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DNR's Park Quest brings out the best of the outdoors

Susquehanna State Park was a muddy mess. A heavy thunderstorm had brought a downpour to its trails, and Richard Smith had not brought the right pair of shoes for such a hike. It didn't help that it was still raining, if only lightly.

The shoes he had on worked well enough, though, because Smith and his family navigated the trail without slipping and falling. Normally, they would not have bothered to go to the park on such a nasty day, but they had good reason: They were on a quest.

Smith, along with his team of wife, Jennifer, and daughters Jill and Emmy, was there to complete one part of the state Department of Natural Resources' Park Quest.

Every team that visited any 10 of 24 state park locations from Memorial Day through Labor Day and completed a "quest" challenge — which included going on a hike, canoeing along a specific route, catching a fish or even answering a riddle — was eligible to participate in the Park Quest Rendezvous on Sept. 21.

This year, Park Quest's sixth, marked the fourth time the Smith family has participated in the program.

Each year, someone else names the team, so Richard's "very boring" Team JJER last year was replaced this year with Emmy's Thunderclan, a name inspired by the Warriors children's book series, one of her favorites.

Thunderclan was one of 274 teams to participate in the Rendezvous this year, the largest turnout for the event, said Steve McCoy, acting park manager at Patapsco Valley State Park, which hosted the Rendezvous.

The event used to be more focused on competition, McCoy said, but it has changed over time to award tickets for participation in team activities that can then be put toward drawings for prize packages.

Among the rewards are free weekend stays in the parks, a free weekend at Wisp Resort, a full family set of REI camping gear and a set of Diamondback Bicycles mountain bikes.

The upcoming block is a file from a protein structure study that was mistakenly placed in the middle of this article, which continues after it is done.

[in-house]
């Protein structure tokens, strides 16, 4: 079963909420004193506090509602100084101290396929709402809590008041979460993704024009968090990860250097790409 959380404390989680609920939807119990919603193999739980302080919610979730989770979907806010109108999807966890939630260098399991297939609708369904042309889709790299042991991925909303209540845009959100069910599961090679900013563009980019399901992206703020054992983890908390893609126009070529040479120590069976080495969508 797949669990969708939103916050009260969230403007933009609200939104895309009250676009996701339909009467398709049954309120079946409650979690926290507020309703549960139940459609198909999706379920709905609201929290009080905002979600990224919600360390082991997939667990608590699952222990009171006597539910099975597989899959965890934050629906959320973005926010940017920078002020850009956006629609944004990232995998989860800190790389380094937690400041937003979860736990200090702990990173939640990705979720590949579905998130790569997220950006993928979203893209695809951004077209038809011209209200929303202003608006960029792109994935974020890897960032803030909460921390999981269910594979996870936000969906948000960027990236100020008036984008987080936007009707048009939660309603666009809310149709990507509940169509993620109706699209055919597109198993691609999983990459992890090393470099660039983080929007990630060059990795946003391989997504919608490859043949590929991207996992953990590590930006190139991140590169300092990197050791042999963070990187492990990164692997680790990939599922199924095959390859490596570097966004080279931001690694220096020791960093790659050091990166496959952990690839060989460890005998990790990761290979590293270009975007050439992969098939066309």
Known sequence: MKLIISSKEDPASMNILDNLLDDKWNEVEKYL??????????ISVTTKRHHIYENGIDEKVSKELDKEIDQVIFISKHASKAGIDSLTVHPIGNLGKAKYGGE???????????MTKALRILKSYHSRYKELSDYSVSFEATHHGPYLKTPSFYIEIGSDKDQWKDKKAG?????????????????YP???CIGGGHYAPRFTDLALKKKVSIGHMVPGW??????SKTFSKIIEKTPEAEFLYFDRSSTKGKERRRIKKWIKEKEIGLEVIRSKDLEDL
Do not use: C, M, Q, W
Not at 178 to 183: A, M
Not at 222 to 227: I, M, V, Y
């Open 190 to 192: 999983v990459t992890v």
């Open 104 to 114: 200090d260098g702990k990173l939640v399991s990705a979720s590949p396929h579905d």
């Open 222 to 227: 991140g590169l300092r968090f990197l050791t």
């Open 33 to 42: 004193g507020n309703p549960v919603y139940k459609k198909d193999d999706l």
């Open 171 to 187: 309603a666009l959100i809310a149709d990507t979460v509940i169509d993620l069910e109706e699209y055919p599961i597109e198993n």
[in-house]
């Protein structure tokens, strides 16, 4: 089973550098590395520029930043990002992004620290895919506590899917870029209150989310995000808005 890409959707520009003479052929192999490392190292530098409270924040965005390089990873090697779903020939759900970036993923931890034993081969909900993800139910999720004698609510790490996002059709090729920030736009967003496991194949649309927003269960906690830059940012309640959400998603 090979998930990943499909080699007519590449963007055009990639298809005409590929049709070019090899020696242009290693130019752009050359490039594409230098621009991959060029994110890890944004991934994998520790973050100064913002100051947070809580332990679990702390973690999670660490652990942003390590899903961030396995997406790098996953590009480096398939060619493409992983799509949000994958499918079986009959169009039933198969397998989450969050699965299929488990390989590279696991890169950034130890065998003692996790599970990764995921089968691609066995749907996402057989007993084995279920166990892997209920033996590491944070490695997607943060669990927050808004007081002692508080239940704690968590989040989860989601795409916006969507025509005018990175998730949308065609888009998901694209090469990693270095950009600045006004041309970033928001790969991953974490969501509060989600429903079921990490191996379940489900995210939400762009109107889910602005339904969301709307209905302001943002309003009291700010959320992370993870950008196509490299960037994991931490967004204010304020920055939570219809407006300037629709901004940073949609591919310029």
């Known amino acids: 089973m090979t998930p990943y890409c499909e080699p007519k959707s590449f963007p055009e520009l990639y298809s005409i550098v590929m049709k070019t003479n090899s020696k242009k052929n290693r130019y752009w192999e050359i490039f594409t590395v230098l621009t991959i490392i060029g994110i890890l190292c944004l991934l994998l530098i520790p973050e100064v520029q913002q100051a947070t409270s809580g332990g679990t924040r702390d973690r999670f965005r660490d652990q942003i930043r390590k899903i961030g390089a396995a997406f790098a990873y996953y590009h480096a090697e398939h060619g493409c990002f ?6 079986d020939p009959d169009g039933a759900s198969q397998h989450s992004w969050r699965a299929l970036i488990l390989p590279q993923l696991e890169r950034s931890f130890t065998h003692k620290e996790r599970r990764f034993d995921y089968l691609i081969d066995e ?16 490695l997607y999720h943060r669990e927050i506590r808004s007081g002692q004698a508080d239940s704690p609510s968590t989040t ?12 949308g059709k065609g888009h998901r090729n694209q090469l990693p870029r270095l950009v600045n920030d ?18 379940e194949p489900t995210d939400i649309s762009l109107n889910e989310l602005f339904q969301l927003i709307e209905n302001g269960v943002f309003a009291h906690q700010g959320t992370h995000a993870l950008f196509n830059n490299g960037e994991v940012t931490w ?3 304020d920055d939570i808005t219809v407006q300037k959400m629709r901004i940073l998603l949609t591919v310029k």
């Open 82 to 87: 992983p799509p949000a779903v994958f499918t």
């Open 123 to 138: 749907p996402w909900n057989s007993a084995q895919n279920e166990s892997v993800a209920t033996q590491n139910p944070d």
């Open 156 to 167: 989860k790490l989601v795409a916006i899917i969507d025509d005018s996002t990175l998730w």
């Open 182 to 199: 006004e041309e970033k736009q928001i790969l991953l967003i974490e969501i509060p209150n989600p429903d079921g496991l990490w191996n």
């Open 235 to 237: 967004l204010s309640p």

The Smith family was lucky enough to win a weekend stay in a cabin at Pocomoke River State Park.

"We've never ended up being able to do one of the Park Quest events there, so that's one of the many things we love about Park Quest, is opening up new places for us," Richard said.

"Normally, it opens up new places based on the ones we're going to to do the Quest events, but this is even better. We actually won something and we're going to try the new park at the same time."

The Smiths came close to not qualifying for the Rendezvous. After coming close to participating in all 24 quests last year, they finished their 10th quest only the weekend before the Rendezvous.

Richard, an Eagle Scout, spent a lot of time camping in his earlier years, but costs have kept him from camping more often as an adult.

"We're not going to be the transitional outdoor family that you're going to see spending $1,000 on camping equipment," he said.

"But we are, I think, the type of family you're going to see us at Patapsco Valley State Park going on a 3-mile hike or something."

While his family is only "medium outdoorsy," Richard said, they enjoy going camping occasionally and spending time at the parks. After four years of exploring what the parks have to offer in every corner of the state, the Smiths certainly have achieved that much.

The Rendezvous is "a very large endeavor by the [National] Park Service, but it's one that we all look forward to and it's a lot of work, but it's also a great opportunity for us to spend a day with what we consider some of our most appreciative and dedicated park visitors," McCoy said.

"They are just a wonderful group of people to spend the day with and to experience their appreciation for the state parks as well."

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